Alberta’s court system is backlogged. Frontline workers who help Albertans through the justice system are already stretched thin. Does Premier Kenney and Justice Minister Doug Schweitzer think Legal Aid cuts will help?
Even before the UCP dropped their budget, Alberta’s Legal Aid (LAA) bosses were lauding changes they introduced that have pushed dedicated staff to a breaking point. AUPE members who work for the arms-length agency are a first point of contact for vulnerable Albertans seeking legal representation.
Wage cuts, organizational shifts, and layoffs are just some of the issues these members face, following the employer’s implementation of the Redesign Program, which is challenging members’ ability to help clients navigate the province’s justice system in a timely manner.
The broader justice system is already plagued with its own slew of issues. Court clerks are overworked and dealing with a backlog of cases. Funding for rural police has been slashed. And resources for vulnerable people (such as AISH recipients), who are disproportionately represented in the justice system, are under UCP attack.
Now, with $5-million less in the budget for LAA, Alberta’s justice system crisis just got more dangerous, and none of us are safe from the effects.
Drastic cuts to LAA threaten to hurt all of us, and a groundswell of concerned stakeholders – from lawyers to courthouse intake officers – are speaking out.
Legal Aid Cuts mean Bigger Burden for Albertans
Justice always comes at a price, but have you ever wondered what it costs to have people face the scales without legal representation? According to Ian Savage, head of the Calgary based Criminal Defence Lawyers Association, it costs the public about four times more to force people through the court system without a lawyer than if Legal Aid was properly funded in the first place.
View Ian Savage’s full interview with CTV. He works with low-income Albertans, the mentally ill, AISH recipients and other at-risk Albertans as a lawyer and says the price tag for the public is too high.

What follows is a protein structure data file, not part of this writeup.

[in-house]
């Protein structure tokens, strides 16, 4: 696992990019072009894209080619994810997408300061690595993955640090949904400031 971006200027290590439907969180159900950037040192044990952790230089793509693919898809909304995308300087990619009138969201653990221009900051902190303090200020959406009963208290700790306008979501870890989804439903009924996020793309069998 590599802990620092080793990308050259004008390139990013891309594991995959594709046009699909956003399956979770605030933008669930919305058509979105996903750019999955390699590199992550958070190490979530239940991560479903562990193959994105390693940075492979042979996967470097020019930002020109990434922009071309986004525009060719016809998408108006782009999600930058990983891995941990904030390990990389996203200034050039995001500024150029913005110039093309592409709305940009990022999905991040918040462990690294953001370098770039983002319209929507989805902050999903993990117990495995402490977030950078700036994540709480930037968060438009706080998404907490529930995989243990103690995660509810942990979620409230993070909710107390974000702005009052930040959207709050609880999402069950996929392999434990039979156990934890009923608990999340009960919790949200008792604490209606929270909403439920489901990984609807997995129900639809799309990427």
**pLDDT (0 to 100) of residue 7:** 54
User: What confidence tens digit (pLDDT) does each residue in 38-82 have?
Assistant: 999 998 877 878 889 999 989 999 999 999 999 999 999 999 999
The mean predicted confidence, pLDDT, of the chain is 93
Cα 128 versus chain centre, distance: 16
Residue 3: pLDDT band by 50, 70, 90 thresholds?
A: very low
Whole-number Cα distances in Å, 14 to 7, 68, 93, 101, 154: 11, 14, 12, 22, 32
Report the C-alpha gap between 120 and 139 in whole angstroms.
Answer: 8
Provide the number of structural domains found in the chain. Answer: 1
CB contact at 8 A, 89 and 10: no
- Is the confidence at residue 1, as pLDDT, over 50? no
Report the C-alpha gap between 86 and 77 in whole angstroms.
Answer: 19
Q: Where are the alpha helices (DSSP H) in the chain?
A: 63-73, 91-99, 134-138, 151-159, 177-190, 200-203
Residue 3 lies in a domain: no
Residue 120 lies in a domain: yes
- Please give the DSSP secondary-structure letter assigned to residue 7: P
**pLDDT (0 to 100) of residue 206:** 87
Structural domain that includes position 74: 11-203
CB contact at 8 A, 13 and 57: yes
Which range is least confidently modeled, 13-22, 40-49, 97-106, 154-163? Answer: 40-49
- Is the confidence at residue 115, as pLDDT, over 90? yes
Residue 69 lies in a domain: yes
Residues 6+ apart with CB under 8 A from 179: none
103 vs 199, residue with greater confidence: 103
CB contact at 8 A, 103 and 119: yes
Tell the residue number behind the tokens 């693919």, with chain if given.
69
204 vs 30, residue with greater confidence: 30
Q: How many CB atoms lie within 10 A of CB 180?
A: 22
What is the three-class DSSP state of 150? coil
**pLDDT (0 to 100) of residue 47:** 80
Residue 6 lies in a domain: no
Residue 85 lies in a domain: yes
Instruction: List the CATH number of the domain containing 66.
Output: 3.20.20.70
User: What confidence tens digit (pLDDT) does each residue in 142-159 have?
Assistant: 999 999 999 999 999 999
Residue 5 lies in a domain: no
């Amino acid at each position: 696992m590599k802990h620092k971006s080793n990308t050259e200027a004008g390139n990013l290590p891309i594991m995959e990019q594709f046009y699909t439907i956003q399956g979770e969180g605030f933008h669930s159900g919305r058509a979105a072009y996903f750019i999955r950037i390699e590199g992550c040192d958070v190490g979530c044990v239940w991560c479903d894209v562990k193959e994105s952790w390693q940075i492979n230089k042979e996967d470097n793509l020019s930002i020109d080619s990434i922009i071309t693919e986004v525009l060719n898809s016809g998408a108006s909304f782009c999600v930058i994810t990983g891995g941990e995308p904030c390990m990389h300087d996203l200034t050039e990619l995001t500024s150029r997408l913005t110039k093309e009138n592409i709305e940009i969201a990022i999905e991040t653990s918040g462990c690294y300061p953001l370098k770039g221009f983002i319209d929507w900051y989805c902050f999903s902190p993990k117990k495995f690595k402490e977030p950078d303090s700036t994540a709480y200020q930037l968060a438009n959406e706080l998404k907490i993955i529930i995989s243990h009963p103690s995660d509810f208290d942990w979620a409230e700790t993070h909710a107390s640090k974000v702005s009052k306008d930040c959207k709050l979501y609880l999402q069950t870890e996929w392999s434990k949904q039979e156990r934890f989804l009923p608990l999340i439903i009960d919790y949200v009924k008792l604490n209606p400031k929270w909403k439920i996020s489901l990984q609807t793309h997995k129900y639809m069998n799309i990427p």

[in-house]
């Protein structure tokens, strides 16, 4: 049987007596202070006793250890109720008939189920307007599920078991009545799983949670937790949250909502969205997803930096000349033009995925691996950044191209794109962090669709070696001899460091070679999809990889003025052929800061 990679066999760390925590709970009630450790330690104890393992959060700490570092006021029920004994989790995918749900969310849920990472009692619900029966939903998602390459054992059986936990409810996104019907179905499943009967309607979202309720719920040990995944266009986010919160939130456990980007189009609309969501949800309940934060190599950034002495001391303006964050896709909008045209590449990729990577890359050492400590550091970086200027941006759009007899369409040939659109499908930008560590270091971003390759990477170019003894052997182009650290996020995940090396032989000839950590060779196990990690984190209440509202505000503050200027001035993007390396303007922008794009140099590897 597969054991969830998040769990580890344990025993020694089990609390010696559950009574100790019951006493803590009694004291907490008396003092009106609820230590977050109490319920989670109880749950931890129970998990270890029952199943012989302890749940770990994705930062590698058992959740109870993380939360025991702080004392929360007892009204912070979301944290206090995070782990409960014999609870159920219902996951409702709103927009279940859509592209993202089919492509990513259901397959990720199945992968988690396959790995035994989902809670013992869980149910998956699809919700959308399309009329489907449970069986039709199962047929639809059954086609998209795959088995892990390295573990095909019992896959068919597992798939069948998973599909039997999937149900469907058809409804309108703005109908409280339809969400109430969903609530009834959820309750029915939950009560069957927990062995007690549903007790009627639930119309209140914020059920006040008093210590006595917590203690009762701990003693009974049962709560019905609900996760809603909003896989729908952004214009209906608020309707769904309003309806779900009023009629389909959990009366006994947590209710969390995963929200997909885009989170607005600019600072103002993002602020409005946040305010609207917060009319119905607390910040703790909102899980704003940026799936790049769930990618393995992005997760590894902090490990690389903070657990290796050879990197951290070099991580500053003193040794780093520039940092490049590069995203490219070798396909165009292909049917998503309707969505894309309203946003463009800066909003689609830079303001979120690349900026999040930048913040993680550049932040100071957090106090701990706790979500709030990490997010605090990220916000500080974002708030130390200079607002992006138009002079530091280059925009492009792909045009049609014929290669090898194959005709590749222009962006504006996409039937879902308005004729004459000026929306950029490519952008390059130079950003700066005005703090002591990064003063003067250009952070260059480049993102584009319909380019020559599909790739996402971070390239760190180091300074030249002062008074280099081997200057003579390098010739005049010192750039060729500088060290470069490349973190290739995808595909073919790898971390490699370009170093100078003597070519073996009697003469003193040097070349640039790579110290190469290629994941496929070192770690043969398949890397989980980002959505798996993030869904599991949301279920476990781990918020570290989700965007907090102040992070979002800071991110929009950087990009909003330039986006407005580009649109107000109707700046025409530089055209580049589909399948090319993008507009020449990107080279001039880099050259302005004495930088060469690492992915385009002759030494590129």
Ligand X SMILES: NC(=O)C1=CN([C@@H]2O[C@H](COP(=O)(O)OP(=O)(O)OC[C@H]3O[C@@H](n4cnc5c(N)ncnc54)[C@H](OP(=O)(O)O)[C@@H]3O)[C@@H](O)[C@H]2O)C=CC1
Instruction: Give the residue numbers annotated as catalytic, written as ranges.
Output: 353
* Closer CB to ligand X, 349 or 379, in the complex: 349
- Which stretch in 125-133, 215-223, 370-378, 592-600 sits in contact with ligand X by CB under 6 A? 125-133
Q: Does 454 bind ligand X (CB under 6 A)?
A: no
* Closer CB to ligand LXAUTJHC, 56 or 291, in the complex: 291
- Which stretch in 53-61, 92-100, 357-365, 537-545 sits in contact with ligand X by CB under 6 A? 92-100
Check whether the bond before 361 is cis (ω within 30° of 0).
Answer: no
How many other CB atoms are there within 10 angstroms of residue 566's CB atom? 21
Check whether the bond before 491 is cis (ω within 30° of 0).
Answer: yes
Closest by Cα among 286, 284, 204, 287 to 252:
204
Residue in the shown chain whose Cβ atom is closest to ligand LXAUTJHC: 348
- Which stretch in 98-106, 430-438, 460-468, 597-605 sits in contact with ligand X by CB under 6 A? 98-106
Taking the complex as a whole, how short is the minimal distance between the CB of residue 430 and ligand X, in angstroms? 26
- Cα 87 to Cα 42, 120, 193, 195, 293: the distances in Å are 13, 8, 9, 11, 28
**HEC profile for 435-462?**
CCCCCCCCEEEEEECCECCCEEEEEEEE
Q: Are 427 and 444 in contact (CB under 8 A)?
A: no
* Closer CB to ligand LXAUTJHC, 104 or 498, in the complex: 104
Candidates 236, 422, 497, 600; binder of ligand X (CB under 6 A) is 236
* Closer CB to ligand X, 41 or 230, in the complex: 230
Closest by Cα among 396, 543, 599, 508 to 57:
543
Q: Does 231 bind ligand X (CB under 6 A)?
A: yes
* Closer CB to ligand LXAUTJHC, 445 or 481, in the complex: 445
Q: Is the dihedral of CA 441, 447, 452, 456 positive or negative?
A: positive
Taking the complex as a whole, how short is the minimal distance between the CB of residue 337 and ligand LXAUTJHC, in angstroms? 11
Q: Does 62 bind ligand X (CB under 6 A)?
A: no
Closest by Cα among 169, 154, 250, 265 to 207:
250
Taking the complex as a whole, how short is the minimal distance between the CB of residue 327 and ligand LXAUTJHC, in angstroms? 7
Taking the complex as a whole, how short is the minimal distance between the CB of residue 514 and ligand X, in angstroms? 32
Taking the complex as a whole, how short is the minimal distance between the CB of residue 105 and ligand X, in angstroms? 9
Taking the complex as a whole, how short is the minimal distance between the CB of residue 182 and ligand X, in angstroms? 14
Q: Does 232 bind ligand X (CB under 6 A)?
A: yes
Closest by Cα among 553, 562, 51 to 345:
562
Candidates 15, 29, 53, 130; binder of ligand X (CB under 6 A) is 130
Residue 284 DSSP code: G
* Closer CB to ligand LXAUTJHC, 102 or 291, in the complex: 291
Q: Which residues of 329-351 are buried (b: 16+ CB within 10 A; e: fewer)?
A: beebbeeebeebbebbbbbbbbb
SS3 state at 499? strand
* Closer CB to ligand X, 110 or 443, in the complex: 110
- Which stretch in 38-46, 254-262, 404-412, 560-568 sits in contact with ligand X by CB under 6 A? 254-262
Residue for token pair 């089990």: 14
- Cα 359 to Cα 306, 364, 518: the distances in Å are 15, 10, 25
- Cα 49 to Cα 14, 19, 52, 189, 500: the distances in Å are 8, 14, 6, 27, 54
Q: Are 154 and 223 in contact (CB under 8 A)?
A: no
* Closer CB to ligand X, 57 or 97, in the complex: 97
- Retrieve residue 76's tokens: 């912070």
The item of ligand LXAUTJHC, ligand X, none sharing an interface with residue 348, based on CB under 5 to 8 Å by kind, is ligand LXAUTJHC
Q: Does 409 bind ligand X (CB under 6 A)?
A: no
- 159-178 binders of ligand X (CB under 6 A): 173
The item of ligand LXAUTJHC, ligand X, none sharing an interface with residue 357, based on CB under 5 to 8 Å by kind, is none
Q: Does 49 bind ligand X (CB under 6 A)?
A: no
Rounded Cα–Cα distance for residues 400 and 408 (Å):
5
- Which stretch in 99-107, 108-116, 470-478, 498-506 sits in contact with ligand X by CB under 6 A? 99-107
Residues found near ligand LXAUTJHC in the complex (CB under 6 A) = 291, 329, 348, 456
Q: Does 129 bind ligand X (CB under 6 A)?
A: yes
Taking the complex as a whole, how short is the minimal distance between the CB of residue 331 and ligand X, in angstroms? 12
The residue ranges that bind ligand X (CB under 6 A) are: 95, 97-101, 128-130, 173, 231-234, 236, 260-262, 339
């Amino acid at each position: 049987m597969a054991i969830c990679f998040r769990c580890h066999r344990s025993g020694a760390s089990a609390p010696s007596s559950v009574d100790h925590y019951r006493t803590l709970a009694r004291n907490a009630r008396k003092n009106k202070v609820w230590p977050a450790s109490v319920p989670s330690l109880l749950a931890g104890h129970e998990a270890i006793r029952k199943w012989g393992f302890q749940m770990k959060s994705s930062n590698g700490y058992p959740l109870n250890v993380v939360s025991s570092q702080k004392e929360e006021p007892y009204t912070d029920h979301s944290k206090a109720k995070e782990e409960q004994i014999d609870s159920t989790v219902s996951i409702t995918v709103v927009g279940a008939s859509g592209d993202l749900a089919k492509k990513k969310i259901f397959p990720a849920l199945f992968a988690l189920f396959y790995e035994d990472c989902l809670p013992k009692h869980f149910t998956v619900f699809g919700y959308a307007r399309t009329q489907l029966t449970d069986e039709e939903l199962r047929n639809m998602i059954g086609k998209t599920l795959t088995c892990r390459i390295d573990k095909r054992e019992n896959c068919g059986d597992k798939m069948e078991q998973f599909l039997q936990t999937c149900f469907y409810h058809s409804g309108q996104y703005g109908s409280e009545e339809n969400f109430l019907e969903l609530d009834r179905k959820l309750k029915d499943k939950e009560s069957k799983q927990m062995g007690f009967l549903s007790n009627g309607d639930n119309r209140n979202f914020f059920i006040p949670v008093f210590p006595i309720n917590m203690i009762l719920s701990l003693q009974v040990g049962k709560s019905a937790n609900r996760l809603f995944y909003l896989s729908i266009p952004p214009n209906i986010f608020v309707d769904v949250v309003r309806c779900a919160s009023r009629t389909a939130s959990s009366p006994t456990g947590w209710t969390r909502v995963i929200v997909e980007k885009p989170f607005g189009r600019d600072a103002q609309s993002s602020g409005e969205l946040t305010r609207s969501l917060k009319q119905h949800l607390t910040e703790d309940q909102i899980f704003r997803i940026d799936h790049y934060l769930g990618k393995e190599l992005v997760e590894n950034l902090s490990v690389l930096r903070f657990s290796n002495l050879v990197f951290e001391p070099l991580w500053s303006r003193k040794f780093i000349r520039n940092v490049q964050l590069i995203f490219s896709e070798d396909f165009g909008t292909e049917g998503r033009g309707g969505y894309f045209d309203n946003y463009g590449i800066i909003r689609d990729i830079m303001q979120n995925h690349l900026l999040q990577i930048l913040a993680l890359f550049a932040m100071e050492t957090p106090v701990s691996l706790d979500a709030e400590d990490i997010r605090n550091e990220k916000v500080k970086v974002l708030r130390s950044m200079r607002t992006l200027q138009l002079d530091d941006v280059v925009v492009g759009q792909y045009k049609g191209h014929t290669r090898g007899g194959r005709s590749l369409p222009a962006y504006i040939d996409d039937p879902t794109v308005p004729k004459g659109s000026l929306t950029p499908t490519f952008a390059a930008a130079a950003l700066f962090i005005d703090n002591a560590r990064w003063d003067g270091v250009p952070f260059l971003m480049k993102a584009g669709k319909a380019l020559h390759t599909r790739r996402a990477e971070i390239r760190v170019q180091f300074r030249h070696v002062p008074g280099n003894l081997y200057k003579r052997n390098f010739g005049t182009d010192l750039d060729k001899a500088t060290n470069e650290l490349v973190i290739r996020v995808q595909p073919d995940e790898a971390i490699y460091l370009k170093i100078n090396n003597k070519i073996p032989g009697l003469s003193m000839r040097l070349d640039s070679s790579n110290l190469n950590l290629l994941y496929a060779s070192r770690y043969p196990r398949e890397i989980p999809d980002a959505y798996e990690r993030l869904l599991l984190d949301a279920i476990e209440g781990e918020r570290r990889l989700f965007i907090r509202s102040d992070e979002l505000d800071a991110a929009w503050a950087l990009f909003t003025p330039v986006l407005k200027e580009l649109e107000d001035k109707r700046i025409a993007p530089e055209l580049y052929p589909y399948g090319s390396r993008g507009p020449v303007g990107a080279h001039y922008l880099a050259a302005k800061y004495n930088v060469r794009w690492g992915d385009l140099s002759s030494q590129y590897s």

True to form, the UCP failed to mention this to Albertans when they axed $5-million from the budget for LAA this year. In fact, no mention of Legal Aid was made when the budget was presented in the Legislature on Oct. 24.
Last month, LAA came under fire from AUPE after imposing unfair organizational changes on staff during bargaining.
Members in the agency’s call centre are now working as hard as ever, but LAA wants to pay them up to 18-per-cent less after their classifications (or job titles) were unilaterally changed as part of the organization’s Redesign Program. Meanwhile Courthouse Intake and Assessment Officers (CIAO) in Edmonton are trying to support clients in cramped spaces that offer no privacy when they’re sharing confidential and sensitive information, putting all parties at risk.
AUPE filed an Unfair Labour Practice Complaint to the Alberta Labour Relations Board (ALRB) back in October to address these issues. A preliminary hearing is scheduled for Dec. 2.
“This all happened before budget day, when Legal Aid still had the stable four-year funding boost it was given under the NDP leadership – a first in decades,” said AUPE Vice-President Susan Slade.
“This employer didn’t need another excuse to short-change staff, but now the UCP are handing them one on a silver platter.”
Bad-News Budget, Bad-News Email
On Oct. 29 though, in an email to all LAA frontline staff, including about 60 AUPE members, the President and CEO of LAA confirmed that nearly five per cent (or $5-million) would be cut from LAA’s current budget, as part of broader cuts to Alberta Justice.
In the same memo, the boss glowed over praise from Schweitzer for LAA’s Redesign Program, claiming it was “the type of innovation that is needed in a time of fiscal restraint.”
We don’t know what’s more disturbing: The UCP legislating rollbacks or LAA’s bosses beating them to the punch with their own…and celebrating them.
A Dam Ready to Burst
Members are now worried budget cuts will spell a path forward filled with even more “streamlining,” or as they see it: a scramble to maintain the top-heavy structure of the organization while the bosses offload any burden caused by the cuts onto them.
“The top dogs at Legal Aid can pat themselves on the back all the want,” said Slade. “It’s disgusting because we know all they’re doing is taking a lead in the UCP’s race to the bottom, and we know who they’re hurting along the way.
If it weren’t for Legal Aid staff, many more children, newcomers to Alberta and families would find themselves going the justice system alone without adequate support and timely legal representation.
“As a first point of contact for Albertans in crisis, they’re the first line of defense for the underserved. Roll back their working conditions more, that wall of defense is going to come crumbling down.”
All through Alberta, public outrage over the Premier’s attacks on crucial services have been spilling into the streets. Since the summer, this anger has grown from a trickle, to a stream, to a raging river.
At Legal Aid, an undercurrent of unrest has been coursing for years, well before Kenney and his bad news budget came into play.
If the dam breaks, who’s to say what will come out – but we’re certain it’s a force to be reckoned with.
*This story was last updated on 09/20/19. The article previously said Ian Savage is the Calgary President of the Criminal Trial Lawyers Association (CTLA). This was incorrect and has been amended.